You might as well put high-fructose corn syrup in your tea
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If you, like most people, buy your honey from a standard grocery store, you may be bummed to learn it’s probably not real honey. While there might be some real honey in those bear-shaped bottles as a base, it’s likely been diluted with high-fructose corn syrup along with other not-so-healthy fillers. This is what industry experts call “laundered honey,” and what may surprise you most is that it can legally be labeled and sold as pure, unadulterated honey.
Some companies haven’t even been shy about it. According to NPR, one of the country’s biggest honey producers, Groeb Farms from Onsted, Michigan, admitted to buying massive amounts of laundered honey from Chinese exporters. Bee Local founder Damian Magista explained to Pop Sugar how this happens, saying,
“Large quantities of Chinese-produced honey are being 'dumped' illegally on the U.S. market. To curb the importation of chemical-ridden honey, the United States established high tariffs on honey imported from China. Taxes drive up prices, so big companies are essentially sneaking this honey in to keep their costs low.”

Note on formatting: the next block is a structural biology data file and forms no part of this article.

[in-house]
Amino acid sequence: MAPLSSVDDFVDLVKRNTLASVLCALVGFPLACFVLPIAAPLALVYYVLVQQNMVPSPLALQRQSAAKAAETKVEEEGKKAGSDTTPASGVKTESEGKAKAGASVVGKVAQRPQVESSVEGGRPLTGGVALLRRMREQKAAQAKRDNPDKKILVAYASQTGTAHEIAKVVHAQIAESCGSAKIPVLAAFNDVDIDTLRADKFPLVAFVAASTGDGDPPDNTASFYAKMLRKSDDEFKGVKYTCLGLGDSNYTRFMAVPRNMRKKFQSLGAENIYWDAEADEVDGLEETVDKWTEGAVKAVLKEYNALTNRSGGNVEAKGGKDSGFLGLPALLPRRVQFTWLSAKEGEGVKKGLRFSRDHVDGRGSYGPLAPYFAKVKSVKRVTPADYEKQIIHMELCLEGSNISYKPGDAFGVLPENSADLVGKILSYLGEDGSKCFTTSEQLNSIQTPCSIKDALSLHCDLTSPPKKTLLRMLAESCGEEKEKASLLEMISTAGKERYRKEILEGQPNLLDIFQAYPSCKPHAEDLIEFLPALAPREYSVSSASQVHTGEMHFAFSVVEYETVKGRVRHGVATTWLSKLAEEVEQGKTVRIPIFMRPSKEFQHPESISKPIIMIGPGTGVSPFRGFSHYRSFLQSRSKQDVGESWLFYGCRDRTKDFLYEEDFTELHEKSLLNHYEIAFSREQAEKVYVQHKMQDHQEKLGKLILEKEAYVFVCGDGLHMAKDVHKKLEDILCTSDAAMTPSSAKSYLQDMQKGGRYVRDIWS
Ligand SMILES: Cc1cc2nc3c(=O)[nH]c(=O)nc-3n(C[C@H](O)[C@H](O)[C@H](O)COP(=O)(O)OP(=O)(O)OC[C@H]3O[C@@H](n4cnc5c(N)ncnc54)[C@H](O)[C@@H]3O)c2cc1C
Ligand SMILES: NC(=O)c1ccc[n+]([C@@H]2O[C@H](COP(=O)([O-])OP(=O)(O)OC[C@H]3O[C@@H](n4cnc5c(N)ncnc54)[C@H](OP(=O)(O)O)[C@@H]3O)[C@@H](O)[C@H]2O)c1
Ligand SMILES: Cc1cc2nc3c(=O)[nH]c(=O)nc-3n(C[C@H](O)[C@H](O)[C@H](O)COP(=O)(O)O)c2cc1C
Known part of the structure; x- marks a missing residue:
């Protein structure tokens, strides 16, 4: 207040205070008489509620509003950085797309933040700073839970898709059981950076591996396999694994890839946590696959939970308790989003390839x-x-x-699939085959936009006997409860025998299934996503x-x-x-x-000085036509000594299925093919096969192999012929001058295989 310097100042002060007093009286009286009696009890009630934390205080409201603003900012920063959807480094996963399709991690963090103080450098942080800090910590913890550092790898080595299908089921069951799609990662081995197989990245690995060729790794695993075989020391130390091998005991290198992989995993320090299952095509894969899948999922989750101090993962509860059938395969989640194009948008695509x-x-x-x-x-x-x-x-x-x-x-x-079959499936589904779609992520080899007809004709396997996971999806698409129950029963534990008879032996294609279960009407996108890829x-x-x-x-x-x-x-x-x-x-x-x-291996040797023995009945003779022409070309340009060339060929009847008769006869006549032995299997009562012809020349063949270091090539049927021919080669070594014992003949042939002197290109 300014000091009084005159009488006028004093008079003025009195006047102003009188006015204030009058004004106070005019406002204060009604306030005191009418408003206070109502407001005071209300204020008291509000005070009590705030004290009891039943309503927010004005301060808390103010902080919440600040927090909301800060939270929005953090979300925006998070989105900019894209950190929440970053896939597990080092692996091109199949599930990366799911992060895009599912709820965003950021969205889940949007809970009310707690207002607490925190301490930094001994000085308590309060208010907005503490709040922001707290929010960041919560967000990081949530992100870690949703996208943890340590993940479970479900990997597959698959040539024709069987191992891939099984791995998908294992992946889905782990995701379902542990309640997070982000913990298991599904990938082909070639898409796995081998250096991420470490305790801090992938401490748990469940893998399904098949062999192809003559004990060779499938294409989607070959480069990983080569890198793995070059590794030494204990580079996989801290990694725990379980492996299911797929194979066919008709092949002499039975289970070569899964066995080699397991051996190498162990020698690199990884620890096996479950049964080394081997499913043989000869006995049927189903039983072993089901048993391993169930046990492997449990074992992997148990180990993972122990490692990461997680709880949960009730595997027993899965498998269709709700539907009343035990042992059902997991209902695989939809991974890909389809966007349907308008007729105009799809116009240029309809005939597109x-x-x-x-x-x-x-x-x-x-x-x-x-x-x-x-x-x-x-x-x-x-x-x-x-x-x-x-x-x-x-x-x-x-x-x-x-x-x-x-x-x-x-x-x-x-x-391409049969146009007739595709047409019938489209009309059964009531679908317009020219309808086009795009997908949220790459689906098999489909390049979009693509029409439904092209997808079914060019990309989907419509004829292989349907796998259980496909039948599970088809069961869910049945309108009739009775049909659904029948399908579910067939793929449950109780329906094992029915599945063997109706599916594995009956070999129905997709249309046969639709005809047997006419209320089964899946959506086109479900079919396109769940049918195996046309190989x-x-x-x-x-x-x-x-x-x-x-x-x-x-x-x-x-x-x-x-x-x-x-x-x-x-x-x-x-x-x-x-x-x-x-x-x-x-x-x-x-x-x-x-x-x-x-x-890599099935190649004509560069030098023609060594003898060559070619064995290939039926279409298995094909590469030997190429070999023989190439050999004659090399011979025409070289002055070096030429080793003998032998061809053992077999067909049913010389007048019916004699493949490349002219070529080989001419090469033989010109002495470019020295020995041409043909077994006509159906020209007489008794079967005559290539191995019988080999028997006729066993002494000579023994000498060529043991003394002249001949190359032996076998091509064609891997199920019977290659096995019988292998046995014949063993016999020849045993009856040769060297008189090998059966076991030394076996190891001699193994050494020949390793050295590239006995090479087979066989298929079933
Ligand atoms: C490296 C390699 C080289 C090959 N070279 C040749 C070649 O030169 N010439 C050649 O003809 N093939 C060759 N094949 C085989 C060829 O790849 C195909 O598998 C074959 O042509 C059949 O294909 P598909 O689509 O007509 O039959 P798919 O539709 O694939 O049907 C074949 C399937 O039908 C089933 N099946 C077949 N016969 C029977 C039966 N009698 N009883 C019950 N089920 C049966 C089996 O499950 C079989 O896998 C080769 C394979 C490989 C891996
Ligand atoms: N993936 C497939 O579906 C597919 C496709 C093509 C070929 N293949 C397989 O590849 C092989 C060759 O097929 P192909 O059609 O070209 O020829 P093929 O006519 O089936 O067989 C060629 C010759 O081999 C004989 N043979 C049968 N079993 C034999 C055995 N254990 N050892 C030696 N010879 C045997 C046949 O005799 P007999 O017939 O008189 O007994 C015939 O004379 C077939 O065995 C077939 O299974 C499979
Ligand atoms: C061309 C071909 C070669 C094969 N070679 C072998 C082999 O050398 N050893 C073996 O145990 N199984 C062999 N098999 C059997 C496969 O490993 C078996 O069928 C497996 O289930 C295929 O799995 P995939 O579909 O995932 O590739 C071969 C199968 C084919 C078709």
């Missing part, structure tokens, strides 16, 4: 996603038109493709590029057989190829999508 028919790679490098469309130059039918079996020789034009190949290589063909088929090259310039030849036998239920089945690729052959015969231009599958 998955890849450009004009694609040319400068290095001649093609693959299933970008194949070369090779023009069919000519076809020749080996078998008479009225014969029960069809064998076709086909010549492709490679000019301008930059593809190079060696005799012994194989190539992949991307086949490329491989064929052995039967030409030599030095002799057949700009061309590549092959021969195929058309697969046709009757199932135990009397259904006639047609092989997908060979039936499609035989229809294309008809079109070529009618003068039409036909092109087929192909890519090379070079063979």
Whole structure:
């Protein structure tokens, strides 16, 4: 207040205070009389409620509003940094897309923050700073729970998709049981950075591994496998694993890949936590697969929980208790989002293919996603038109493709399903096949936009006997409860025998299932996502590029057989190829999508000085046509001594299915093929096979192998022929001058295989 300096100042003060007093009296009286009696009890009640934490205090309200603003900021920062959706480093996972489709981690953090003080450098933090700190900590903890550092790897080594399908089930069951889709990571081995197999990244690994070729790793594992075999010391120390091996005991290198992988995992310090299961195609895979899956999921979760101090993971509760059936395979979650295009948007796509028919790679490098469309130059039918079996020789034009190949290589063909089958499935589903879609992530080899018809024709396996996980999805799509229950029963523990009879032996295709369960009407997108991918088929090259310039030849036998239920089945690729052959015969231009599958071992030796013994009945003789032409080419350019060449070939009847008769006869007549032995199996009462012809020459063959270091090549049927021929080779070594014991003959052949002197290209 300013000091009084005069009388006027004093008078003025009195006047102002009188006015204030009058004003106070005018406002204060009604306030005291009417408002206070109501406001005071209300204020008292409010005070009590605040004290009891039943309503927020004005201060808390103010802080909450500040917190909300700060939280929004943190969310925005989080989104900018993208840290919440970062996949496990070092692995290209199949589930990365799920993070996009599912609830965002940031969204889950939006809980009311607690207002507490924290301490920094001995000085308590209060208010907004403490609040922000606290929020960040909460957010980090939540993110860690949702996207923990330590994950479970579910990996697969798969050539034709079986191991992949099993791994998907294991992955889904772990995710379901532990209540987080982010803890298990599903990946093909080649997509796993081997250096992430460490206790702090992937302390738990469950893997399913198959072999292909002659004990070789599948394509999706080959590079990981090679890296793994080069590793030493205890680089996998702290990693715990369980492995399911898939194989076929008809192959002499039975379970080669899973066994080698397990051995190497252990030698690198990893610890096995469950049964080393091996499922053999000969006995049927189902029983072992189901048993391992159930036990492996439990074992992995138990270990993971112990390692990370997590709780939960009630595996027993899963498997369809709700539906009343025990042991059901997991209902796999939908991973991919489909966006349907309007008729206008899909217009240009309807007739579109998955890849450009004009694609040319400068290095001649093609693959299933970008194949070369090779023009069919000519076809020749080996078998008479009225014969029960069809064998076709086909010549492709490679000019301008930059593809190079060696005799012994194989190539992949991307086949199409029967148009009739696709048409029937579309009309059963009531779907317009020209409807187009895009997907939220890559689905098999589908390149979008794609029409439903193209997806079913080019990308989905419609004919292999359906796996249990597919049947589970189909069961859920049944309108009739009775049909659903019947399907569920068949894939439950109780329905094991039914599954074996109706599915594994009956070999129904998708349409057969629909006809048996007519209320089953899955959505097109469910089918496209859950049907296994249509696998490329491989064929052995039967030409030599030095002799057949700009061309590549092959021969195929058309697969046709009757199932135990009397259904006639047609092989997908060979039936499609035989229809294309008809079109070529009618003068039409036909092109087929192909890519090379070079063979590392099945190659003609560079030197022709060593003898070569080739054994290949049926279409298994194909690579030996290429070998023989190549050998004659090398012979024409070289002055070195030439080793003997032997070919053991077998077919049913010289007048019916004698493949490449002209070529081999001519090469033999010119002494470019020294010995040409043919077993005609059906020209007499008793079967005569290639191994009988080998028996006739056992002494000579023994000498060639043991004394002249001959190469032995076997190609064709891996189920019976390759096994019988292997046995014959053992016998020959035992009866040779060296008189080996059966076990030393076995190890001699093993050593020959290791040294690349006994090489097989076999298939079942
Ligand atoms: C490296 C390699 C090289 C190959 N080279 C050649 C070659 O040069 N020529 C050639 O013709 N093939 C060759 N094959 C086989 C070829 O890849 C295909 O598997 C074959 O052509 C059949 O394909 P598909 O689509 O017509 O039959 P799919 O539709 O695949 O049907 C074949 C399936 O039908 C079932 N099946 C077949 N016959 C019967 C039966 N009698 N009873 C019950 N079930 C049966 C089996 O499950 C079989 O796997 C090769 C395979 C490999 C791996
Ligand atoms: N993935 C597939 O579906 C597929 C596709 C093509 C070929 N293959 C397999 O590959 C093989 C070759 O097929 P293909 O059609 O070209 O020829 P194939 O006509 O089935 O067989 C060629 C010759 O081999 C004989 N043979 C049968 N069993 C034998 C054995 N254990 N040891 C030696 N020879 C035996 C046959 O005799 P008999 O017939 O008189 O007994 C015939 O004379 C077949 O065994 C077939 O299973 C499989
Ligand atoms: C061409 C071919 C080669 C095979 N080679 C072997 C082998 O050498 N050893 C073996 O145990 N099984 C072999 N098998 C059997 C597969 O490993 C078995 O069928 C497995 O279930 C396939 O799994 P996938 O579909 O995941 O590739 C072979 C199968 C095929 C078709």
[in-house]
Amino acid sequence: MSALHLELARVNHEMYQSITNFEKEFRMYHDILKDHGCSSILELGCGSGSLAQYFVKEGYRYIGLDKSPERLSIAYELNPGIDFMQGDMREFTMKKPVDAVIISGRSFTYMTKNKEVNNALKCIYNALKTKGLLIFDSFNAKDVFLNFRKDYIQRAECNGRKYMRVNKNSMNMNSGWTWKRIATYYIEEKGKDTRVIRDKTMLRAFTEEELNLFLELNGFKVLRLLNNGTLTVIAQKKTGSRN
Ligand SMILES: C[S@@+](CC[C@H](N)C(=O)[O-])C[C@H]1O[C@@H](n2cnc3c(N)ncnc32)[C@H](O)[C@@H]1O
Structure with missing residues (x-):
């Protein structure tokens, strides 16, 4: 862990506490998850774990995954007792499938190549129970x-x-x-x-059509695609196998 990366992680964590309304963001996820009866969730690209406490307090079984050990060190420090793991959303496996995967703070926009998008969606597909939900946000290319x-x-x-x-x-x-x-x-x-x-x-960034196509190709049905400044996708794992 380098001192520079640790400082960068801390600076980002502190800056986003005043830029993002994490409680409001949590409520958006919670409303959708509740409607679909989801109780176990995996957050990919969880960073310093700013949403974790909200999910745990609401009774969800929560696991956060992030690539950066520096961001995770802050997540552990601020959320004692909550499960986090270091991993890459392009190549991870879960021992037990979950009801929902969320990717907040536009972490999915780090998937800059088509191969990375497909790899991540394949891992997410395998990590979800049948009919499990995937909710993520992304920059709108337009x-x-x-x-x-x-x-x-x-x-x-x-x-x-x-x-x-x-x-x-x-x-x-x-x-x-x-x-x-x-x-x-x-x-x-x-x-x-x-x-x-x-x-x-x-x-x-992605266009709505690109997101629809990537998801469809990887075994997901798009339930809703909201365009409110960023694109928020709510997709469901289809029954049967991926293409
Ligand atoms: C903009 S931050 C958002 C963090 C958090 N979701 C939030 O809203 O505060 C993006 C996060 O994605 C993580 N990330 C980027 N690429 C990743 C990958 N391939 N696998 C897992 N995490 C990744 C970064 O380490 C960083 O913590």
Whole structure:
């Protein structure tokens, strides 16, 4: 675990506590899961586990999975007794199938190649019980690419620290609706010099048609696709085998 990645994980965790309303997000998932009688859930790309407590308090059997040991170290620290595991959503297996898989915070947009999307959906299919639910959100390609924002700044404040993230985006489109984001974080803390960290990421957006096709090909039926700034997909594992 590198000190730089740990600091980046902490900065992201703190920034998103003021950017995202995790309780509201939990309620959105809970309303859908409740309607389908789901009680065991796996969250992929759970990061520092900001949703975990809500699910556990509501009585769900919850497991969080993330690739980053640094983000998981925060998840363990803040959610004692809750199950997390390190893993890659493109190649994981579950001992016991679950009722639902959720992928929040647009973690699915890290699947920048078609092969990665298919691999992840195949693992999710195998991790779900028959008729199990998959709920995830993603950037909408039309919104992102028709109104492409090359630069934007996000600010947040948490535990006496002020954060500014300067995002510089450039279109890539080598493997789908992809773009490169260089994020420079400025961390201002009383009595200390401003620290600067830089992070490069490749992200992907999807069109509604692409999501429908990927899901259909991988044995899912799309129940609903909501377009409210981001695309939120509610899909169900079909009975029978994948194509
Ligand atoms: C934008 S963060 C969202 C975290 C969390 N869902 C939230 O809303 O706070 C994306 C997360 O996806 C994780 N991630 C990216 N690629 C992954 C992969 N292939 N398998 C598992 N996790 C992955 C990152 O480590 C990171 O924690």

So it sounds like you either have the option of doing some research and paying a premium for real, pure honey or saving a few bucks and settling on honey-flavored sugar water. However, if you’re in the latter camp, you might want to consider the ethical dilemmas of mislabeled honey. For instance, because the Food and Drug Administration hasn’t come up with a standardized legal definition for honey, bottles of the golden liquid can be labeled 100 percent pure even though they might contain unsafe chemicals and additives—not to mention added and unnecessary sugars.
The U.S. Fish and Wildlife Service recently putting bees on the endangered species list adds another dimension to this counterfeit honey problem. If we’re going to demand clearer labeling on our honey bottles, we’ll need to demand transparency from the beekeeping industry as well. As Magista says, “Bees are essential to our ecosystem and help pollinate produce, plants, and trees.” Losing these pollinator heavyweights could have a serious impact on the world’s food supply, something we probably need to prioritize if we plan to keep eating food, let alone honey.